The back of a Woodstock, Vermont ambulance.

An ambulance in Woodstock, Vermont. Photo courtesy of Aaron M Hoge. Used with permission.

As the world watches the news regarding the ongoing COVID-19 pandemic, we are seeing terrible reports from major urban centers. Seattle, New York and Miami among others are dealing with the onslaught of a health crisis that is amplified by the disastrous effects of capitalism.

Rural communities are not immune from these same issues, even though citizens may feel a slight degree of comfort in their ability to maintain physical distancing protocols. Front-line workers still face the same daunting task of going to work to provide essential services to their community.

Liberation News spoke with Aaron M. Hoge, an EMT who works for the rural Vermont town of Woodstock.

Hoge has been a volunteer firefighter and EMT-basic for the past year and a half. A volunteer EMT for the town is paid a small stipend plus an hour/call fee, but are considered volunteers and are ineligible for benefits. Hoge also works for the Woodstock Inn and Resort as a greens-keeper and trail groomer, but the Inn and all resort operations have been suspended indefinitely. With the resort closed, he is without his normal and stable source of income.

Hoge told Liberation News that Vermont has issued new protocols requiring ambulance crews to wear surgical masks or N95 respirators and eye protection on every call, even “low-risk” calls. “We work under the assumption that everyone is infected, or otherwise lying about their symptoms or exposure,” Hoge said. He noted that this is not out of distrust in the public, but a measure for ensuring consistently safe practices. Due to the small size of the EMT crews, it would be devastating to lose responders due to sickness.

Another change in procedure they are facing is that only one responder may interact with a patient during a call. The other responder must remain in the cab of the ambulance for the duration of the call. This protocol is in place for every call, even low-risk ones.

When dealing with known or presumptive COVID-19 cases, Hoge stated that they wear all the gear mentioned previously but also an isolation gown and double sets of gloves. He added, “All patients are screened by dispatch for C-19 symptoms or exposure, and Emergency Departments are now screening all incoming ambulances, regardless of the nature of the call.”

When asked about their supply of personal protective equipment and if he has any concerns about either quality or quantity, Hoge stated: “As far as I know, we are well-stocked and prepared, but we will see over the next few weeks. We are reusing masks to limit turnover. We have less staff than hospitals, so we can get by with less, but only if high-risk cases remain low. We are more concerned about rapid staff scheduling as a result of exposure at this time.”

Potential for shortage a major concern

The potential for a shortage of first responders is a major concern in rural communities, which have lower numbers of staff to begin with. Should infection hit first responders, these rural communities could be left without. Such a rapid loss of first-responder staff will leave communities ravaged from both COVID-19 and normal calls that cannot be answered.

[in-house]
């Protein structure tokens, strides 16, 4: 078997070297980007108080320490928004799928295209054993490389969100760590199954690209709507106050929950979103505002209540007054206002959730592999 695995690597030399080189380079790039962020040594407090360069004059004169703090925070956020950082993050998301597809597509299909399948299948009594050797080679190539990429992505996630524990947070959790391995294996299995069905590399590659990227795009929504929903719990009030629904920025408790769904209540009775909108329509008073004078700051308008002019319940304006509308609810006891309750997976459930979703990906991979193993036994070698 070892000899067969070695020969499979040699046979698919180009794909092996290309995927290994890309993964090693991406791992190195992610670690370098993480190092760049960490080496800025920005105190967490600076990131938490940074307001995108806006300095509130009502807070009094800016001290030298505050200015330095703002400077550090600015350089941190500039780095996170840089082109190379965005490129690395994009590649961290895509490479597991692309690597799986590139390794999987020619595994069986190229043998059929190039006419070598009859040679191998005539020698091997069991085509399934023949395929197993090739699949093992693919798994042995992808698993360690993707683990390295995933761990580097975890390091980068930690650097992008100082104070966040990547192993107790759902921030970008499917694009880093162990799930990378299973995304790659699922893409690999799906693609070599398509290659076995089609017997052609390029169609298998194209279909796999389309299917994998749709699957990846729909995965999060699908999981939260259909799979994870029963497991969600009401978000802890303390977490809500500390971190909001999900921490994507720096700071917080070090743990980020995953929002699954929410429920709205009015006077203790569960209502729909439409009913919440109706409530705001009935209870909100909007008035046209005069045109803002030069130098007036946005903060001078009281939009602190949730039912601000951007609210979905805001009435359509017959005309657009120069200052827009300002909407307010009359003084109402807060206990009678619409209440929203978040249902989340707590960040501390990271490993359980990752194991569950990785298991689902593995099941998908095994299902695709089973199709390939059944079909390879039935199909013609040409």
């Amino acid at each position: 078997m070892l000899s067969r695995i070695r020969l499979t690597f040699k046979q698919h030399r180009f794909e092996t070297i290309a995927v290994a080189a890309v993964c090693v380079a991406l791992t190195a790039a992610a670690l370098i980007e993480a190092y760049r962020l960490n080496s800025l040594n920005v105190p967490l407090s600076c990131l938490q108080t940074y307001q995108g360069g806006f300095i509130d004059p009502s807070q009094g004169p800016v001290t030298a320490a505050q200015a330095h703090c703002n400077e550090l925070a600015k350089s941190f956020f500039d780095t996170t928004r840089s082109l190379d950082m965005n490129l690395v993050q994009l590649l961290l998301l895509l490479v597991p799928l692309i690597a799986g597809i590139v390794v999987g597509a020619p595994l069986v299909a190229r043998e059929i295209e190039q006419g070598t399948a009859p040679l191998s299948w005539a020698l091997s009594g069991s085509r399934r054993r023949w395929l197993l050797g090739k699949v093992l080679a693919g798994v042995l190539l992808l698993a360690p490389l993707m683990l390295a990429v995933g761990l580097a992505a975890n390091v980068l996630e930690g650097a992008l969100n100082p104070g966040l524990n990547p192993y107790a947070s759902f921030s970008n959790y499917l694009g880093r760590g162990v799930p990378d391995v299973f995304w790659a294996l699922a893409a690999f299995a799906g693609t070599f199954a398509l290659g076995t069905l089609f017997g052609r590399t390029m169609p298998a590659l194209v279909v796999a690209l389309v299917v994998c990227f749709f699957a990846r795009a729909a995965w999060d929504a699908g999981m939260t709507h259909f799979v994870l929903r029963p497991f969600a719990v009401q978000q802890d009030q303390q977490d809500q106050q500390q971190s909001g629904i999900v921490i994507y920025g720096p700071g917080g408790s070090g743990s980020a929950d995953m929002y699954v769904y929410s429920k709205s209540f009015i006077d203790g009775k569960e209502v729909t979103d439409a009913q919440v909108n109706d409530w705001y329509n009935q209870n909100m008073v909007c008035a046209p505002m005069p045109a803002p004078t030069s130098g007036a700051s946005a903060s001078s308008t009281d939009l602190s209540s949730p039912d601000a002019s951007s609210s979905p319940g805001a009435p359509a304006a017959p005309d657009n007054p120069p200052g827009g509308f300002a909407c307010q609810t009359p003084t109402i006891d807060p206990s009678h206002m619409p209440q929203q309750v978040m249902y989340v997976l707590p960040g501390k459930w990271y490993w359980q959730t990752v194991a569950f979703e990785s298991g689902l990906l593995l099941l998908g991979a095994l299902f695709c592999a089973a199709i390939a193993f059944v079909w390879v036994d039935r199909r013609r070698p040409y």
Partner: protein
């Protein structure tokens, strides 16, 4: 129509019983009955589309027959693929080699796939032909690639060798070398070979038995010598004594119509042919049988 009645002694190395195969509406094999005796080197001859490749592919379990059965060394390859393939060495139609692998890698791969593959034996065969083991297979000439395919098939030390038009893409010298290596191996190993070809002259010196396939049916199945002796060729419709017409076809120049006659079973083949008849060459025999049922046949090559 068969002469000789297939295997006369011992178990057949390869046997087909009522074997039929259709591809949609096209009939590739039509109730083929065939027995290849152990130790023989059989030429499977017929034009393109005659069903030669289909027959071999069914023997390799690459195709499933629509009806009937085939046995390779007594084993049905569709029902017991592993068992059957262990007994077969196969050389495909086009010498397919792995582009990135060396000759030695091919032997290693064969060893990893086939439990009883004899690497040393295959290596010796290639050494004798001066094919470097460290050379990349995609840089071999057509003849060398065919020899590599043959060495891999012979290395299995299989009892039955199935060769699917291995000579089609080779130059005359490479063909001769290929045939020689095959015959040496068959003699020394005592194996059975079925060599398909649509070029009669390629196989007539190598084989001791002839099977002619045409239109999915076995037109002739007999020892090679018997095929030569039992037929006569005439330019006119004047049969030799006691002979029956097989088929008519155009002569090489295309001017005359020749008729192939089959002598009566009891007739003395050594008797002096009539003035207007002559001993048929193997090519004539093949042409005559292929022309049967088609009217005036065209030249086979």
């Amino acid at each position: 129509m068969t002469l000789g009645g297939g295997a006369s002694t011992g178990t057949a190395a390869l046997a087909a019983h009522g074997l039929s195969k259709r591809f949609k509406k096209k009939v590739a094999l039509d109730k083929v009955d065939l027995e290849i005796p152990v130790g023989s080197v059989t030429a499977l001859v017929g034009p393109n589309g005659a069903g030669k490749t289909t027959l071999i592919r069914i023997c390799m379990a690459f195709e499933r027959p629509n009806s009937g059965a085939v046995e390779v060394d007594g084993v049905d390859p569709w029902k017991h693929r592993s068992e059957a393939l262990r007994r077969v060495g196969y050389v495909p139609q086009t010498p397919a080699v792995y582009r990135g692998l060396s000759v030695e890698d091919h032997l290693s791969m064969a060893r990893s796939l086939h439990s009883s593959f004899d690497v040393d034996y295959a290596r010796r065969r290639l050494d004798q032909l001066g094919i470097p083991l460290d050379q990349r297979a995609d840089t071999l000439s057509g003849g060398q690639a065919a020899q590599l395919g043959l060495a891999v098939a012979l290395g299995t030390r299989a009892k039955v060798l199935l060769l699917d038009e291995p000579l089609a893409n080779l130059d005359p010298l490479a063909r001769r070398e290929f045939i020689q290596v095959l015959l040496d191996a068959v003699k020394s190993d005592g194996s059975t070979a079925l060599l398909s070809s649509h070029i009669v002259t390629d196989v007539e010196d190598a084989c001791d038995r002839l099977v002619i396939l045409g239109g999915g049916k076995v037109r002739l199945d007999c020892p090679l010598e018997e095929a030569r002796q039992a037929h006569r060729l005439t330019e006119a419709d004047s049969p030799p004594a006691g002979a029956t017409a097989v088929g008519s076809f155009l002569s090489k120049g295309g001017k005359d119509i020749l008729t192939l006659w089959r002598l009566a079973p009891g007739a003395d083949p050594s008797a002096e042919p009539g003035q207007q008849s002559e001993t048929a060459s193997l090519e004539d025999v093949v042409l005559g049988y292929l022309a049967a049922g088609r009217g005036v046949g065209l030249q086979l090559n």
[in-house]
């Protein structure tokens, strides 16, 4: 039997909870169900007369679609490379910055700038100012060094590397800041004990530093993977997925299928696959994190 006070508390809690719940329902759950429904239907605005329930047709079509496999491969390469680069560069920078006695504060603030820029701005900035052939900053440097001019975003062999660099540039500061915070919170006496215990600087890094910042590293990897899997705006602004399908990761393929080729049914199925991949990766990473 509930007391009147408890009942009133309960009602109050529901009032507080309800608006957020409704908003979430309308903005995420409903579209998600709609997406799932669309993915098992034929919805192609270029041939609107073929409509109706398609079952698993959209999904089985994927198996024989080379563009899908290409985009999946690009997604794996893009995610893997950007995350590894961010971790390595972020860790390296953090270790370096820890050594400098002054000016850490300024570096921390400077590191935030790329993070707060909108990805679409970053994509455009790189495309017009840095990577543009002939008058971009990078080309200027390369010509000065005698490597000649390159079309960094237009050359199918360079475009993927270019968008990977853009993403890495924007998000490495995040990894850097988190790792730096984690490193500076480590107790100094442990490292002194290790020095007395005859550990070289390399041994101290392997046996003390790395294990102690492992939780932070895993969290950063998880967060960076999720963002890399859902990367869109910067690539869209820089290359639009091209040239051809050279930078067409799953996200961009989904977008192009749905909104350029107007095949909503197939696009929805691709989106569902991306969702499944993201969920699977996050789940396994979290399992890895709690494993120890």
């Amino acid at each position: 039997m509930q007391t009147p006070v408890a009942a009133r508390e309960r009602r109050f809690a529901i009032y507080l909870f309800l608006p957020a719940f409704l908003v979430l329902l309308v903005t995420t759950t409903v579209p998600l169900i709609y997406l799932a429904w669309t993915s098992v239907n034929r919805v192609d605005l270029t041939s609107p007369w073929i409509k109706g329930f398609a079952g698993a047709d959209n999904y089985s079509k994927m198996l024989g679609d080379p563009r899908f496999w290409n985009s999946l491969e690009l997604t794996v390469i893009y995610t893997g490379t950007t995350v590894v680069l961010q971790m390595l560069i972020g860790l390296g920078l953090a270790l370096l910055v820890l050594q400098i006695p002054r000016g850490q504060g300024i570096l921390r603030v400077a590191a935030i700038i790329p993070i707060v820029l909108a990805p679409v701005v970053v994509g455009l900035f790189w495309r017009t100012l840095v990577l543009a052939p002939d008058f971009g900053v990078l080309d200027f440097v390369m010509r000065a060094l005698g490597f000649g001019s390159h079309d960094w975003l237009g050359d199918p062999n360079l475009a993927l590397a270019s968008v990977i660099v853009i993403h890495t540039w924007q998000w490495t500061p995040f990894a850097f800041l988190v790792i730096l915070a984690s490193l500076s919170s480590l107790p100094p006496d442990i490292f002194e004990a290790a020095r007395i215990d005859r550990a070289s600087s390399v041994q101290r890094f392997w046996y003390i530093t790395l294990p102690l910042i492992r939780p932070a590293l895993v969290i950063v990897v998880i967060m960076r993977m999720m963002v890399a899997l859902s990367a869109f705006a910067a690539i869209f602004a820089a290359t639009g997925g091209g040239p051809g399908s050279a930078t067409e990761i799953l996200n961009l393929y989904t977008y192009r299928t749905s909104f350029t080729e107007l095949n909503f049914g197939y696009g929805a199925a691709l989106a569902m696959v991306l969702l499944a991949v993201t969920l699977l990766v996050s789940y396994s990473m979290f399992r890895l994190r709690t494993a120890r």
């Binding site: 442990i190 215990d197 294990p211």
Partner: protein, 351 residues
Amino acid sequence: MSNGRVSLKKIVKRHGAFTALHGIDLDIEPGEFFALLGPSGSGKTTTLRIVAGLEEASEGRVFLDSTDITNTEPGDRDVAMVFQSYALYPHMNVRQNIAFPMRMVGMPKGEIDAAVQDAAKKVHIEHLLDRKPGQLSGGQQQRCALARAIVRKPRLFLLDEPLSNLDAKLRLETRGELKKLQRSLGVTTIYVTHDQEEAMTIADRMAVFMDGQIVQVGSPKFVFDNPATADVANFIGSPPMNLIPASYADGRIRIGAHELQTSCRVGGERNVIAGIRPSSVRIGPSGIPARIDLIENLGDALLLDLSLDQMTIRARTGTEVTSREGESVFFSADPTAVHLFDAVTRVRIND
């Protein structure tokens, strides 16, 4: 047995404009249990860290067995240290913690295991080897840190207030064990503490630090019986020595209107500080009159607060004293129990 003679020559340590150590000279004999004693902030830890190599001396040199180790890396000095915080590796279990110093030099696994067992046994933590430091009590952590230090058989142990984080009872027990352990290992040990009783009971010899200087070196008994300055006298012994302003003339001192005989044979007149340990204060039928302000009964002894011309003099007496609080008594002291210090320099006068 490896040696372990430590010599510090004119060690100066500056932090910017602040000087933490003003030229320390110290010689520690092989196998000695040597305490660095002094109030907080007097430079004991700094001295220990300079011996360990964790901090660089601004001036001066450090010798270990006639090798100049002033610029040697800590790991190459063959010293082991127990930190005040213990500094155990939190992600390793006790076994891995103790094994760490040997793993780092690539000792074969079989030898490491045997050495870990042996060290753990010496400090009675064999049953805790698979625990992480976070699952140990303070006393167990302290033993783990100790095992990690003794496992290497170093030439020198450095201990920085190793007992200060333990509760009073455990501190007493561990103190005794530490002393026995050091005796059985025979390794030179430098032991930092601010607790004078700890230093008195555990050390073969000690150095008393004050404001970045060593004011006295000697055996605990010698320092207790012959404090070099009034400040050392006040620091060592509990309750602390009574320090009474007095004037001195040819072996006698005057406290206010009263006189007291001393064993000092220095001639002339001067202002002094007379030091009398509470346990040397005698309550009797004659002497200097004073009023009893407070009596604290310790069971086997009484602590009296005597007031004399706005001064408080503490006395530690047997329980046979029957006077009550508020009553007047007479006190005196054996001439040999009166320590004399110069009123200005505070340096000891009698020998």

As far as his housing is concerned, Hoge stated that he lives in an apartment in a house that has been divided into multiple units. With the stay at home order, neighbors are home more often and his landlord, who often travels globally, is also house bound. He informed me that the landlord believes the utility usage has gone up and stated that she may need to raise rents next month. Hoge said: “I use a light for reading and an electric kettle for boiling water, as well as some occasional phone charging. So, landlords are in a position where they may have tenants who cannot keep up with payments, and it will be telling how they respond in this time of crisis.”

Hoge also provided insight into how they have been preparing at work for and during this crisis:

“Everything is cleaned and sanitized on a regular basis. There is Purell everywhere and checkpoints with stop signs that tell you to wash your hands upon entry to the building. Some offices have been duct-taped with plastic to allow no entry. It should not be taken lightly that we are beginning to see responders and health care workers succumbing to this virus. We are mentally preparing for the influx of New Yorkers coming to escape the outbreak to our left, while shaking our heads at the ‘business as usual — all businesses are essential’ mentality to our right in New Hampshire.”

Hoge is most worried about being a “super-spreader” and passing this virus along to vulnerable people within his family while remaining fine himself. He went further stating: “I am worried about my brother’s girlfriend who is an ICU nurse in Boston. I am worried about my older brother, who is a type-2 diabetic. I am worried that social-Darwinist fatalist paradigms are going to amplify as the death toll rises and the next Great Depression emerges. I have no delusions that this crisis will unite world governments; we will keep pointing fingers.”

Liberation News asked Hoge what he believes could have been done to prevent this crisis and what he feels that the government should be doing about it now. He provided a sober and straightforward response:

“Transparency, trust in the science and health community, less combative relations with China. But there is nothing that could have made Americans believe in this thing besides it touching down and wreaking havoc. We’ve grown complacent and delusional. Nothing short of a national tragedy will prompt pro-active measures for the next time around. We need to mobilize and act as though we are at war, because we are.”